Layered Programming

Many programs today are written at a very high level. They are run in an interpreted environment, not a compiler. Often many different components running in different interpreted environments are hooked together. HTML and XML, for example, started out as markup languages, but now they are often also used as components of programs hooking together the output of different servers.

Computer programming has always been based on layering and abstraction. The processor abtracts the transistor, the traditional programming language abstracts the processor, the kernel abstracts the hardware. What seems fairly new to me is the speed at which these layers change and their complexity. New ideas are implemented in the form of extensive libraries. Each library can be learned in isolation, but there is no unifying principle across libraries.

It is becoming increasingly difficult to be a systems expert. When I learned to program, it was possible to understand your entire program from the source code, in whatever language, down to the machine code. When writing a modern Ajax application, that is simply impossible. There are too many different interpreters. There is too much code involved. Even fixing on a new base level above the processor–perhaps the browser–doesn’t help. This all leads to decreased performance, which is sometimes important, and decreased security, which is often important.

We can’t go back. What I wonder is whether we will again cohere to a programming model which can be understood at all relevant layers. Or whether things are just going to get increasingly complicated.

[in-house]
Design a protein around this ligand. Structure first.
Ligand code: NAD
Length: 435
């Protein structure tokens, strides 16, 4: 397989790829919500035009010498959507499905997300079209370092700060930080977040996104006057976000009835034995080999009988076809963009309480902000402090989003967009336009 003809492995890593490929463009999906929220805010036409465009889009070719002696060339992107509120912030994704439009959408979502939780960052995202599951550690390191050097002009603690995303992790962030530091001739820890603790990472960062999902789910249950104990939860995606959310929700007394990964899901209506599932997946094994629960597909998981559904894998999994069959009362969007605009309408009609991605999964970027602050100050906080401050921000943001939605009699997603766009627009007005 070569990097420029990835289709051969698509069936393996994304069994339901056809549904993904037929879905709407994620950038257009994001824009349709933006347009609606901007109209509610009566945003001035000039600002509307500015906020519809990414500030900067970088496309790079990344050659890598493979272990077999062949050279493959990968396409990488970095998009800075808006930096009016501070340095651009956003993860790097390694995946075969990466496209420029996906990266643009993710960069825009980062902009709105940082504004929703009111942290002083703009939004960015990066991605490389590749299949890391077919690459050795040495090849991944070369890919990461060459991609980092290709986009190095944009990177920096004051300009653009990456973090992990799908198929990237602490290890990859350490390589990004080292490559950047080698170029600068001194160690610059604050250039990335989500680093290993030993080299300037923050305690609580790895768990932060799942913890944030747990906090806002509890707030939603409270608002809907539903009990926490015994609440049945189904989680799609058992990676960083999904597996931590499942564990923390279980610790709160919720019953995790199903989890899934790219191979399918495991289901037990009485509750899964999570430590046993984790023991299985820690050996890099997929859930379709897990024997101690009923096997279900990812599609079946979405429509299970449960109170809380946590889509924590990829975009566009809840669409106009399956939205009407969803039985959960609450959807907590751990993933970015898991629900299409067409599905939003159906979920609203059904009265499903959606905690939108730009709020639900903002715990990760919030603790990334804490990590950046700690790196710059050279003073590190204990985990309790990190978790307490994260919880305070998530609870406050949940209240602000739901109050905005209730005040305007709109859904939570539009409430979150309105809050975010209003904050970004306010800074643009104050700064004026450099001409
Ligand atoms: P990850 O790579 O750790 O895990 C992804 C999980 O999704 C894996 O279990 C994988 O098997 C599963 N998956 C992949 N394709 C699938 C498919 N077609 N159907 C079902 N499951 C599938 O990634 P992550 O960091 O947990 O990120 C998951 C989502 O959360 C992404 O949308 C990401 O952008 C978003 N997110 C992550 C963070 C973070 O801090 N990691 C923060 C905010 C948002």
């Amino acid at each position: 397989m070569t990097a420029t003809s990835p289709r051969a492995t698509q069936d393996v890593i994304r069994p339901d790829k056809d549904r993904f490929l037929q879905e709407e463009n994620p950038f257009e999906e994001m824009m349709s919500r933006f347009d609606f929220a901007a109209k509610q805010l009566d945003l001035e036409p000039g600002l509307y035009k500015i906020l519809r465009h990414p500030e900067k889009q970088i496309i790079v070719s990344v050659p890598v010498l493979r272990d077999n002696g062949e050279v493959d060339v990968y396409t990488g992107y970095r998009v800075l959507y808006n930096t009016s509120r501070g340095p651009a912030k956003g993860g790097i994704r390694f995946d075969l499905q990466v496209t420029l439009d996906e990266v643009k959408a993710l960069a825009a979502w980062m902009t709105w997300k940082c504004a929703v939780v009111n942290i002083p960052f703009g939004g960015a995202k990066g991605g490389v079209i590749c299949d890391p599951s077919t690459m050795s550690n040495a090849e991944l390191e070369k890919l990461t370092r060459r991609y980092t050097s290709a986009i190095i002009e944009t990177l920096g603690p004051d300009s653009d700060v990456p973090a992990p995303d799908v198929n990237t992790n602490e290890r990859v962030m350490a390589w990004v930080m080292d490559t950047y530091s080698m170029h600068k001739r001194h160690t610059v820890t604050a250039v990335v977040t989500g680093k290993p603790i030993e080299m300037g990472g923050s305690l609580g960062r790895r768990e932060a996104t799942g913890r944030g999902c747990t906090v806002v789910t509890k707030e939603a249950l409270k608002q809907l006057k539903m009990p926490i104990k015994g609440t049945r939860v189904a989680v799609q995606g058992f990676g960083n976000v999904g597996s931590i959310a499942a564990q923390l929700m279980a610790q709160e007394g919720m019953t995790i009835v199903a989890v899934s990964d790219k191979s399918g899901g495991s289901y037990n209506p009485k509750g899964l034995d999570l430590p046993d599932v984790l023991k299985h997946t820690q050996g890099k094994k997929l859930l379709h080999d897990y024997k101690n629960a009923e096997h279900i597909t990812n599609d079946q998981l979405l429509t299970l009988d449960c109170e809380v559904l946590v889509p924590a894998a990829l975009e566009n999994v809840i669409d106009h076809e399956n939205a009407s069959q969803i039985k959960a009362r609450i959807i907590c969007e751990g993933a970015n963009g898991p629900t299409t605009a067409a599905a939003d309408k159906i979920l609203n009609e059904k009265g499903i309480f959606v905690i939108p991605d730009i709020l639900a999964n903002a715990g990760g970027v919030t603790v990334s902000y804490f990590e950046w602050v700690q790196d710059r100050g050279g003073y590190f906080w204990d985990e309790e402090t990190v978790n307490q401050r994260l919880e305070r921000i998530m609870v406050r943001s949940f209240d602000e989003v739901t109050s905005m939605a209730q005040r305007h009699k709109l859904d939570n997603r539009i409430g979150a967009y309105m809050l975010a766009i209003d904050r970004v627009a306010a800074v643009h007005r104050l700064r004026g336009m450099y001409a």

4 Comments »

  1. omkar said,

    May 14, 2008 @ 10:12 pm

    Thats exactly the concern of Joel Spolsky in his beautiful article named “The Law of Leaky Abstractions”

    http://www.joelonsoftware.com/articles/LeakyAbstractions.html

  2. Ian Lance Taylor said,

    May 15, 2008 @ 1:50 pm

    Thanks for the link. You’re right, and that was six years ago.

  3. ncm said,

    May 15, 2008 @ 8:54 pm

    As in all early Spolsky columns, there’s a bit of nonsense right in the foundation. I think we call this one “selection bias”: the abstractions Joel notices are the ones that leak. The overwhelming majority of abstractions are airtight and invisible, at least to Joel. (You haven’t noticed any iron nuclei decaying lately.) Joel has perhaps more experience with leakiness than most of us, from his time at Microsoft.

  4. links for 2008-05-22 » SDLC Blog said,

    May 21, 2008 @ 6:32 pm

    […] Airs – Ian Lance Taylor » Layered Programming “What I wonder is whether we will again cohere to a programming model which can be understood at all relevant layers. Or whether things are just going to get increasingly complicated” (tags: programming model complexity) […]

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